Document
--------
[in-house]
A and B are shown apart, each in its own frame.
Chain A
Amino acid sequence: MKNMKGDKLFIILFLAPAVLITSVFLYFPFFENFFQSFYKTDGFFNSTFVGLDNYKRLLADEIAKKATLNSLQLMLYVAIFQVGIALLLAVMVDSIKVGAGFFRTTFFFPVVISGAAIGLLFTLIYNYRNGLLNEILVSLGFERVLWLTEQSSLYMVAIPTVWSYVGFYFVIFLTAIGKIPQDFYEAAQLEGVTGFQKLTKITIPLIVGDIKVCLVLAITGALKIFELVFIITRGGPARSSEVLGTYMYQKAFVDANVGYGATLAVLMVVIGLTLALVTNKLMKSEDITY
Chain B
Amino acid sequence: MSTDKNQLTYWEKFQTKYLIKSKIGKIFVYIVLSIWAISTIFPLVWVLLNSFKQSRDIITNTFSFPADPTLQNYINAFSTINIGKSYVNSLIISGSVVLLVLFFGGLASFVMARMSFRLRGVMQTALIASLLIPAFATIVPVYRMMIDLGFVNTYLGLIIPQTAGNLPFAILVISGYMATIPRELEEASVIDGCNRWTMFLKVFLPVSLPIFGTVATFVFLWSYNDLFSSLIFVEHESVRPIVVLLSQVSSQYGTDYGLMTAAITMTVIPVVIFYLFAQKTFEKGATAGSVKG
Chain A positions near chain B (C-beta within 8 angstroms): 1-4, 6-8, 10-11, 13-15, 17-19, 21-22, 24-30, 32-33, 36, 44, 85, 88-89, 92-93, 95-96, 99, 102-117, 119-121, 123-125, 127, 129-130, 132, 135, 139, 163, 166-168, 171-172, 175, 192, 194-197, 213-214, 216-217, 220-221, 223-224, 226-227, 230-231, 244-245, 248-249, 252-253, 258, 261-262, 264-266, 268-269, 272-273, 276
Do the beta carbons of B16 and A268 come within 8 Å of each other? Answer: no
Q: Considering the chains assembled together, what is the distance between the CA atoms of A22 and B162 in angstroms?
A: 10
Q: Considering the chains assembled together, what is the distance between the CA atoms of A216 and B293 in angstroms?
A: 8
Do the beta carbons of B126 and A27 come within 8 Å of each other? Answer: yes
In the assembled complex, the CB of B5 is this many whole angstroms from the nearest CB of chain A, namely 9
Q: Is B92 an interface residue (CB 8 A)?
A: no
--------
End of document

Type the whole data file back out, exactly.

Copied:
[in-house]
A and B are shown apart, each in its own frame.
Chain A
Amino acid sequence: MKNMKGDKLFIILFLAPAVLITSVFLYFPFFENFFQSFYKTDGFFNSTFVGLDNYKRLLADEIAKKATLNSLQLMLYVAIFQVGIALLLAVMVDSIKVGAGFFRTTFFFPVVISGAAIGLLFTLIYNYRNGLLNEILVSLGFERVLWLTEQSSLYMVAIPTVWSYVGFYFVIFLTAIGKIPQDFYEAAQLEGVTGFQKLTKITIPLIVGDIKVCLVLAITGALKIFELVFIITRGGPARSSEVLGTYMYQKAFVDANVGYGATLAVLMVVIGLTLALVTNKLMKSEDITY
Chain B
Amino acid sequence: MSTDKNQLTYWEKFQTKYLIKSKIGKIFVYIVLSIWAISTIFPLVWVLLNSFKQSRDIITNTFSFPADPTLQNYINAFSTINIGKSYVNSLIISGSVVLLVLFFGGLASFVMARMSFRLRGVMQTALIASLLIPAFATIVPVYRMMIDLGFVNTYLGLIIPQTAGNLPFAILVISGYMATIPRELEEASVIDGCNRWTMFLKVFLPVSLPIFGTVATFVFLWSYNDLFSSLIFVEHESVRPIVVLLSQVSSQYGTDYGLMTAAITMTVIPVVIFYLFAQKTFEKGATAGSVKG
Chain A positions near chain B (C-beta within 8 angstroms): 1-4, 6-8, 10-11, 13-15, 17-19, 21-22, 24-30, 32-33, 36, 44, 85, 88-89, 92-93, 95-96, 99, 102-117, 119-121, 123-125, 127, 129-130, 132, 135, 139, 163, 166-168, 171-172, 175, 192, 194-197, 213-214, 216-217, 220-221, 223-224, 226-227, 230-231, 244-245, 248-249, 252-253, 258, 261-262, 264-266, 268-269, 272-273, 276
Do the beta carbons of B16 and A268 come within 8 Å of each other? Answer: no
Q: Considering the chains assembled together, what is the distance between the CA atoms of A22 and B162 in angstroms?
A: 10
Q: Considering the chains assembled together, what is the distance between the CA atoms of A216 and B293 in angstroms?
A: 8
Do the beta carbons of B126 and A27 come within 8 Å of each other? Answer: yes
In the assembled complex, the CB of B5 is this many whole angstroms from the nearest CB of chain A, namely 9
Q: Is B92 an interface residue (CB 8 A)?
A: no